October 31, 2012
“…whoever draws the longest Lot shall have the first Choice of the plantation…” And so, in 1739, Montserratian planter Robert Piper established in his last will and testament the means by which his two plantations—“Little Bay Plantation” and “Silver Hill Plantation”—were to be divided equally among his four sons, and in so doing, recorded in writing the common name of the plantation that has been the focus of the Little Bay Archaeology Project for the past five years. Prior to the unexpected discovery of Robert Piper’s Last Will and Testament in July 2012, we did not know who had inhabited the plantation in the 18th century or the Plantation’s historical name, an unusual position for historical archaeologists. This archival find, after three years of searching, captures the dynamic and exciting nature of archaeological research that drew many of us to the field in the first place.
Additionally gratifying, the will was found coincidentally with this summer’s AIA supported Secondary School Program in Archaeology. The students participating in the program experienced the excitement as project team members and in turn helped convey it to the Montserratian community, integrating the discovery into the narrative of their public walking tour. Heritage and a community’s connection to the past can be abstractly discussed in a classroom, but ownership of and a desire to protect that past comes more naturally through doing and experiencing, which is exactly what we had hoped to achieve through our archaeological education program.
Interpretive Signage and Walking Tour
Due to the seasonal nature of our excavations tied to academic programs in the States, many in the community had come to wonder if excavations had concluded and to question why there appeared to have been nothing accomplished. To address this concern, meetings were held with members of the planning department this season to secure permission for installation of signage on the road above the site. The signage will provide an aerial view of the site and communicate its archaeological process and history, as we understand it thus far. Content for these signs will be developed in the coming year for installation in 2013. Project members also initiated content discussions with the Montserrat National Trust as an initial step in the process of formal community engagement in developing interpretive signage and a walking tour for the Little Bay Heritage site.
The Little Bay heritage site, which is situated within the ongoing construction zone for the new town at Little Bay, will be protected by fencing supported by the AIA grant. This fencing will also serve to visually demarcate the Plantation as a green space and transition zone between the surrounding rural valley and the evolving urban landscape. Over 50 perimeter test-pits were excavated this summer to determine the archaeological sensitivity of the perimeter prior to the installation of protective fencing. Our work unearthed the potential remains of three additional structures along the site perimeter previously established by the government. These structures include the possible remains of the curing house associated with the sugar works. We are now working with the Montserrat National Trust and the government to determine a course of action in light of our recent discoveries.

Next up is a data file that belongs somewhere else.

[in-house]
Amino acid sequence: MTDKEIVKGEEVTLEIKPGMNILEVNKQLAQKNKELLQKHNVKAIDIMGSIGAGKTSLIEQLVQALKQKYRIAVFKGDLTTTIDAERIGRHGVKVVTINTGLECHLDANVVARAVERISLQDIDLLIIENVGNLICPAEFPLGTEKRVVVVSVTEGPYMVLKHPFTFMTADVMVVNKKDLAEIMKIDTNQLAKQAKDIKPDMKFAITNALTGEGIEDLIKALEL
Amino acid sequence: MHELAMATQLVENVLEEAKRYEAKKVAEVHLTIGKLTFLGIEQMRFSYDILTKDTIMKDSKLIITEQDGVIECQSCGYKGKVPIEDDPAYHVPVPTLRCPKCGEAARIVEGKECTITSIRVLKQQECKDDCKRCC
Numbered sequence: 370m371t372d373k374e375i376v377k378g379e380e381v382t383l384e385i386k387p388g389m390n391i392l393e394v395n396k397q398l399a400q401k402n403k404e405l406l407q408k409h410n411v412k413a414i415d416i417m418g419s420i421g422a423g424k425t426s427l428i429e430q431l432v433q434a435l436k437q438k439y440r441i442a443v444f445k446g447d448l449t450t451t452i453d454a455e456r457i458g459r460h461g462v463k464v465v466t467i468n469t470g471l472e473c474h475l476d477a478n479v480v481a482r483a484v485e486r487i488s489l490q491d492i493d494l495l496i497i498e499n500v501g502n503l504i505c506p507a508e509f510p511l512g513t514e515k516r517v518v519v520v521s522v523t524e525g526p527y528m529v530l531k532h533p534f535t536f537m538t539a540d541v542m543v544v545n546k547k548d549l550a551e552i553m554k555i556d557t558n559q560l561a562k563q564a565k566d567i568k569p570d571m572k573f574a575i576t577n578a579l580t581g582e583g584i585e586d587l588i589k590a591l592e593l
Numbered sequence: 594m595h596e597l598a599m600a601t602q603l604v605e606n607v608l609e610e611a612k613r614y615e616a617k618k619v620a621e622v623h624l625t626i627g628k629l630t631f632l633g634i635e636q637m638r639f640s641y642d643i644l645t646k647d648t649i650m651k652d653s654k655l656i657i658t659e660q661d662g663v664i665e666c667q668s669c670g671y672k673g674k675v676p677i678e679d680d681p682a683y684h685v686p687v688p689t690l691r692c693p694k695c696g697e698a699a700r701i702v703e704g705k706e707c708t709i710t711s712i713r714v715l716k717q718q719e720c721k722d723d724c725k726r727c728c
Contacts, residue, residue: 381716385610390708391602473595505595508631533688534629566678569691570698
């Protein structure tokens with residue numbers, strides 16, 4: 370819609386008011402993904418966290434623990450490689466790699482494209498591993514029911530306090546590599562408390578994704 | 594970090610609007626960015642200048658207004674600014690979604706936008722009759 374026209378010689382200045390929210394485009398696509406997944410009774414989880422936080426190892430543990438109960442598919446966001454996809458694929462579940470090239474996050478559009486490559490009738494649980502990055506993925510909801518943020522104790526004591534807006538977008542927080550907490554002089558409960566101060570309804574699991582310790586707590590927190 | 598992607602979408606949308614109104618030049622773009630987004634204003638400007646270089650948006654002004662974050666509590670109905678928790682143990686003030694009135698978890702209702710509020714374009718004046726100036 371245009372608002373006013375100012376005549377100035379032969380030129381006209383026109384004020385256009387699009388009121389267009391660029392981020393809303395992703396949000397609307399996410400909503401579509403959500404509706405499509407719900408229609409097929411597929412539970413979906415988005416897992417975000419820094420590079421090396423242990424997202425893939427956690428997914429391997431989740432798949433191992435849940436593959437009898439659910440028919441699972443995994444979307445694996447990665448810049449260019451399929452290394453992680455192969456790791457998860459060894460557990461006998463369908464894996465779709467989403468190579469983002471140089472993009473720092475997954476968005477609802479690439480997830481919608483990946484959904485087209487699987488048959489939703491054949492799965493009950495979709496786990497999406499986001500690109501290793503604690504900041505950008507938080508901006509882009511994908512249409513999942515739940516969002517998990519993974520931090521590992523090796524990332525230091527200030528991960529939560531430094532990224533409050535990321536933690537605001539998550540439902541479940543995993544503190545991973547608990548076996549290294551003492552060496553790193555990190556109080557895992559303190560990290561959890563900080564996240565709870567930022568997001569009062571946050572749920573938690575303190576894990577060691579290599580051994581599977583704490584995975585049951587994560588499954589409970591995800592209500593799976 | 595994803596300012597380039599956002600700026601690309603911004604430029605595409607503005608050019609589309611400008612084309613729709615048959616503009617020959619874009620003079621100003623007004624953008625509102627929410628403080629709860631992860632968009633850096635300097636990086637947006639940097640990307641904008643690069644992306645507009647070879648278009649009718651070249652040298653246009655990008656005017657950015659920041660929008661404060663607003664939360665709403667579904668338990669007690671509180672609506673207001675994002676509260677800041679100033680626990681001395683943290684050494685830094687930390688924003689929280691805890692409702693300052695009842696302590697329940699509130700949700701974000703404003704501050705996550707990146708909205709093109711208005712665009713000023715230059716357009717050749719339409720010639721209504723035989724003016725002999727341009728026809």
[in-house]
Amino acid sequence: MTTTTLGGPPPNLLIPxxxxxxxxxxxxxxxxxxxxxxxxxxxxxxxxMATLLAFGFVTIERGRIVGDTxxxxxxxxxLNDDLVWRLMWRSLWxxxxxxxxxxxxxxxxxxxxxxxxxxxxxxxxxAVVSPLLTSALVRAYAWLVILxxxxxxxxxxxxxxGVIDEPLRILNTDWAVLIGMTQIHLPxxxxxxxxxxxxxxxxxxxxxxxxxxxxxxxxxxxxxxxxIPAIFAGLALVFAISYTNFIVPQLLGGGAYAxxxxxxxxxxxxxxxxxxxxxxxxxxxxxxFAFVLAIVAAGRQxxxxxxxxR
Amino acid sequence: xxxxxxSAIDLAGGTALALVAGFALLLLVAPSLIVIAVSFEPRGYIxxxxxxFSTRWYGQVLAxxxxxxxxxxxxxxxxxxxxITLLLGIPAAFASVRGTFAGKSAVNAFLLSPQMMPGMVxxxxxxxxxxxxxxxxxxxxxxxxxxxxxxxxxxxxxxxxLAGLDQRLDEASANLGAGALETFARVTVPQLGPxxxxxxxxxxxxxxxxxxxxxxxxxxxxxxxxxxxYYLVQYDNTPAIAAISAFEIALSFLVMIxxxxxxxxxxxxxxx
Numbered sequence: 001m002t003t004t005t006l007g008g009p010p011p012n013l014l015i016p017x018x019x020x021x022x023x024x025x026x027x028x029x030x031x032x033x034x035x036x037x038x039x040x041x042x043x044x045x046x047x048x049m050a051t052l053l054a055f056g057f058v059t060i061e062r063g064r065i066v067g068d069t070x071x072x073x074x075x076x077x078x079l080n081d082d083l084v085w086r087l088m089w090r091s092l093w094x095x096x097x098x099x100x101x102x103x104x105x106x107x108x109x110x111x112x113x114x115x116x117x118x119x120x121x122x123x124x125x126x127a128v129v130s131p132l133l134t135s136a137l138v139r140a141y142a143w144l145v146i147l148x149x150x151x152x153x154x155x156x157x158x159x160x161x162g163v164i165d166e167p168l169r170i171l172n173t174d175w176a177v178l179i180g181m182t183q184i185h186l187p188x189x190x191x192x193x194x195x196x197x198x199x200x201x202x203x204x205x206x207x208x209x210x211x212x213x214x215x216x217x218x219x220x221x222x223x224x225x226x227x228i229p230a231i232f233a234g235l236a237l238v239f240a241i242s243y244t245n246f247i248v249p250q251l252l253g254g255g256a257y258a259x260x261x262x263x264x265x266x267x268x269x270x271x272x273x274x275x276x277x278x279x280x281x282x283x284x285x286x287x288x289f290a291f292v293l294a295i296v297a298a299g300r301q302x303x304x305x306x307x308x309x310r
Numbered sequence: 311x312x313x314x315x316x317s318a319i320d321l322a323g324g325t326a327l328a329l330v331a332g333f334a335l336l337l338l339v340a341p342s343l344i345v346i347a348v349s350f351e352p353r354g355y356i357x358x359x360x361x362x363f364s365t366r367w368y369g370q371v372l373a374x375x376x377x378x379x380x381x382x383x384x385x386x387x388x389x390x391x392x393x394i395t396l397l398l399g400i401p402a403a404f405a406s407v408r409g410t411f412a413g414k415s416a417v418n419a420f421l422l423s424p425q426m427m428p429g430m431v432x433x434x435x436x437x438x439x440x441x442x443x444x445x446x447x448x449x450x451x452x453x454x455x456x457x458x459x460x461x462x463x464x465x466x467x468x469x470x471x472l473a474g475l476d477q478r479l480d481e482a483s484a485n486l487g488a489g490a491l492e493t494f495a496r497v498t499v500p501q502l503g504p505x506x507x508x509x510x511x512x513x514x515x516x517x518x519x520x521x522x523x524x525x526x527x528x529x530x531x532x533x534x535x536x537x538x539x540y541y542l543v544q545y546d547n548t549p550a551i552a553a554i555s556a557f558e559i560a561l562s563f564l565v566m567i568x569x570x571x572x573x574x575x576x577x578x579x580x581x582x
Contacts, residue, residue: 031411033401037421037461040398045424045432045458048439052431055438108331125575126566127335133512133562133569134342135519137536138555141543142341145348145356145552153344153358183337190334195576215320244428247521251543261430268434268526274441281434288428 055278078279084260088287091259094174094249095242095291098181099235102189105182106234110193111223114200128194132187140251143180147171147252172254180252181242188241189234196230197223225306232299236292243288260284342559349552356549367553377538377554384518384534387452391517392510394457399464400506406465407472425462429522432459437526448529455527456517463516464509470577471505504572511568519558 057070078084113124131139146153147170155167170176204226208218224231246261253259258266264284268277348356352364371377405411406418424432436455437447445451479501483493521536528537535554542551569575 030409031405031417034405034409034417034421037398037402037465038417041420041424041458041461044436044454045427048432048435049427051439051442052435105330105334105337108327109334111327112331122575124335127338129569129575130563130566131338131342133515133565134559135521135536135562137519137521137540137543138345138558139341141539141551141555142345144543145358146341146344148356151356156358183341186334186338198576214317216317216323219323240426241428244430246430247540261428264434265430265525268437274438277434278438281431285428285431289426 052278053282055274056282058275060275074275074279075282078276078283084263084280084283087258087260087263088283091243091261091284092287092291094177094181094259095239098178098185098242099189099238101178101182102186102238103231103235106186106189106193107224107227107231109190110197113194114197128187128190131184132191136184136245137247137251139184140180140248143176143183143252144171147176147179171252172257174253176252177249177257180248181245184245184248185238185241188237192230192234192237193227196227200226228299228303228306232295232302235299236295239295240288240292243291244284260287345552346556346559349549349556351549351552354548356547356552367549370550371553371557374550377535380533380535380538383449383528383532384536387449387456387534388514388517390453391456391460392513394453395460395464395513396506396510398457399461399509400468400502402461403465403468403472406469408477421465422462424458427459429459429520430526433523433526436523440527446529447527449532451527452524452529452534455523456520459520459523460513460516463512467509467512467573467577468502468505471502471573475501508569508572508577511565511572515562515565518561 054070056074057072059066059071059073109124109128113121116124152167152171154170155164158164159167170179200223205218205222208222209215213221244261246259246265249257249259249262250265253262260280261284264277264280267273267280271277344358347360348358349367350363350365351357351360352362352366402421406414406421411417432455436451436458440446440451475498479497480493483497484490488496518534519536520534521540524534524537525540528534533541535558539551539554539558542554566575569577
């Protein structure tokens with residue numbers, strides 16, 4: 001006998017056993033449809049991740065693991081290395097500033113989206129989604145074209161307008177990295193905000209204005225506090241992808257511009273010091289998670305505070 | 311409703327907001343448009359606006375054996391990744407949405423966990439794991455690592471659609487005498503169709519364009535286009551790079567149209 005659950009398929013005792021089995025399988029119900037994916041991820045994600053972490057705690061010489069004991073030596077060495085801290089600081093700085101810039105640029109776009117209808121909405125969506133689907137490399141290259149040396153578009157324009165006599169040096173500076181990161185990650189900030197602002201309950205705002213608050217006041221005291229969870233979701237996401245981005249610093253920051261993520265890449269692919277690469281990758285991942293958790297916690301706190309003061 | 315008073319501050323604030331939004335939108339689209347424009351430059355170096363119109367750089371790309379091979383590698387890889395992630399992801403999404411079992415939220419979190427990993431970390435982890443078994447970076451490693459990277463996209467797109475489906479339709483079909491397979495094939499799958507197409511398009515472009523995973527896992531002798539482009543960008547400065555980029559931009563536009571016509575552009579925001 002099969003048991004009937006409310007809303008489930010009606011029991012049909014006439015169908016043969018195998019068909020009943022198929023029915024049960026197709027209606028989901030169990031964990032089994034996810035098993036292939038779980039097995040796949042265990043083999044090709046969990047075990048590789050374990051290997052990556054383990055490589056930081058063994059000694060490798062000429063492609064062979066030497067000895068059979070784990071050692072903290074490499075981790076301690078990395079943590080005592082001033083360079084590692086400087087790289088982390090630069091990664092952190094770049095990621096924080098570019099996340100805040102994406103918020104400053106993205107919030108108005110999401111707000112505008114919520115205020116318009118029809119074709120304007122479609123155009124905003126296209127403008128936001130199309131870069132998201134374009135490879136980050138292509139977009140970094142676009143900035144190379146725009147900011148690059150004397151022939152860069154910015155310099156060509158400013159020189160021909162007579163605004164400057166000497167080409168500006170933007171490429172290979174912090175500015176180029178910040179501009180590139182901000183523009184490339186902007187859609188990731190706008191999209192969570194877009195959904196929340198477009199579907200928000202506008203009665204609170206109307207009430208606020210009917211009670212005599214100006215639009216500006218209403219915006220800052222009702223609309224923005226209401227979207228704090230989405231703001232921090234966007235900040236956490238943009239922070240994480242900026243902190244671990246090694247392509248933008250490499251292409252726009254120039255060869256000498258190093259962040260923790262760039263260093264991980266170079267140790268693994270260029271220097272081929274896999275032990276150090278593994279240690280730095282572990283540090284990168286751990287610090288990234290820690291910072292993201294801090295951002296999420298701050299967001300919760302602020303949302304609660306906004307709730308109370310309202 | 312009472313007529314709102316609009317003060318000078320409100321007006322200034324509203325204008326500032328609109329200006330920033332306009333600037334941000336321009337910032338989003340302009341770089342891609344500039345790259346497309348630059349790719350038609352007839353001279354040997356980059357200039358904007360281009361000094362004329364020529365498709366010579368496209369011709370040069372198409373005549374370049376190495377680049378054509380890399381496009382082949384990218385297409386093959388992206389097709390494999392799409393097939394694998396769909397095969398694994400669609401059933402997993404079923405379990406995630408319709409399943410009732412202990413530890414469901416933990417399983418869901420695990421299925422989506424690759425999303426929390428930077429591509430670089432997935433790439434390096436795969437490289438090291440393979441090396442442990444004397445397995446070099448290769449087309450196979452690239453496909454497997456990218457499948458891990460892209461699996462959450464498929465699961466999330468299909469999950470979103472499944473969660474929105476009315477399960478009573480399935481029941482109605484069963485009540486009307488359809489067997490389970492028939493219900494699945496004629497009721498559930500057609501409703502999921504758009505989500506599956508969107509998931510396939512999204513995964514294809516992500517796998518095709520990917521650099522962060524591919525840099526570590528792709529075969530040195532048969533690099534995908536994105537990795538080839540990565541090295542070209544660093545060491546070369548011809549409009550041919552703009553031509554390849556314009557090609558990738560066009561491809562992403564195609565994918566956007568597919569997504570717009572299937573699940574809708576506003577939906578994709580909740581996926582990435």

Secondary School Education Program in Archaeology
July 2012 marked the formal expansion of our summer program in archaeology. For 3 weeks, 7 students from the Montserrat Secondary School (ages 13 to 16) were introduced to all aspects of archaeology. The program began in the classroom with a global introduction to the history, science, and ethics of the discipline, followed by a hands-on introduction to excavation techniques and laboratory analysis, and concluded with public interpretation and two days of student led walking tours.
The classroom and field lab were based at the new National Museum completed in 2012, adjacent to the Heritage site at Little Bay. This location provided easy access to the fieldwork component of the program as well as site access for the public. Montserratian students joined members of the Little Bay Archaeological Project in excavating test-pits around the perimeter of the site. Excavating in teams of 3, students learned basic excavation and documentation skills in the field before moving into the lab to wash and label artifacts. During the final week, students worked with project members to develop a tour narrative integrating the information gleaned from the site from three years of excavations. The narrative addressed the question: How do we know what we know: Archaeology and History at the Little Bay Plantation Site from the 17th-Century to the Present.
Field trips designed to illuminate for the participants the archaeological and historical resources in their own backyard were also part of the summer curriculum. A trip to The Cot, a 19th-century estate reclaimed by the jungle vegetation in the Center Hills introduced students to site identification and basic field survey techniques and also encouraged them to begin looking at the island’s landscape as a cultural artifact. A second field trip to the Montserrat Public Library offered students the chance to see first hand and think critically about the types of information and perspectives that are presented in the 18th- to 20th-century documents contained in their own island archives.
The AIA’s generous support will allow us to run the education program again next summer. The program was well received by school administrators (and parents) with whom we worked closely, and plans have been laid to go into the school in March 2013 to recruit next summer’s participants.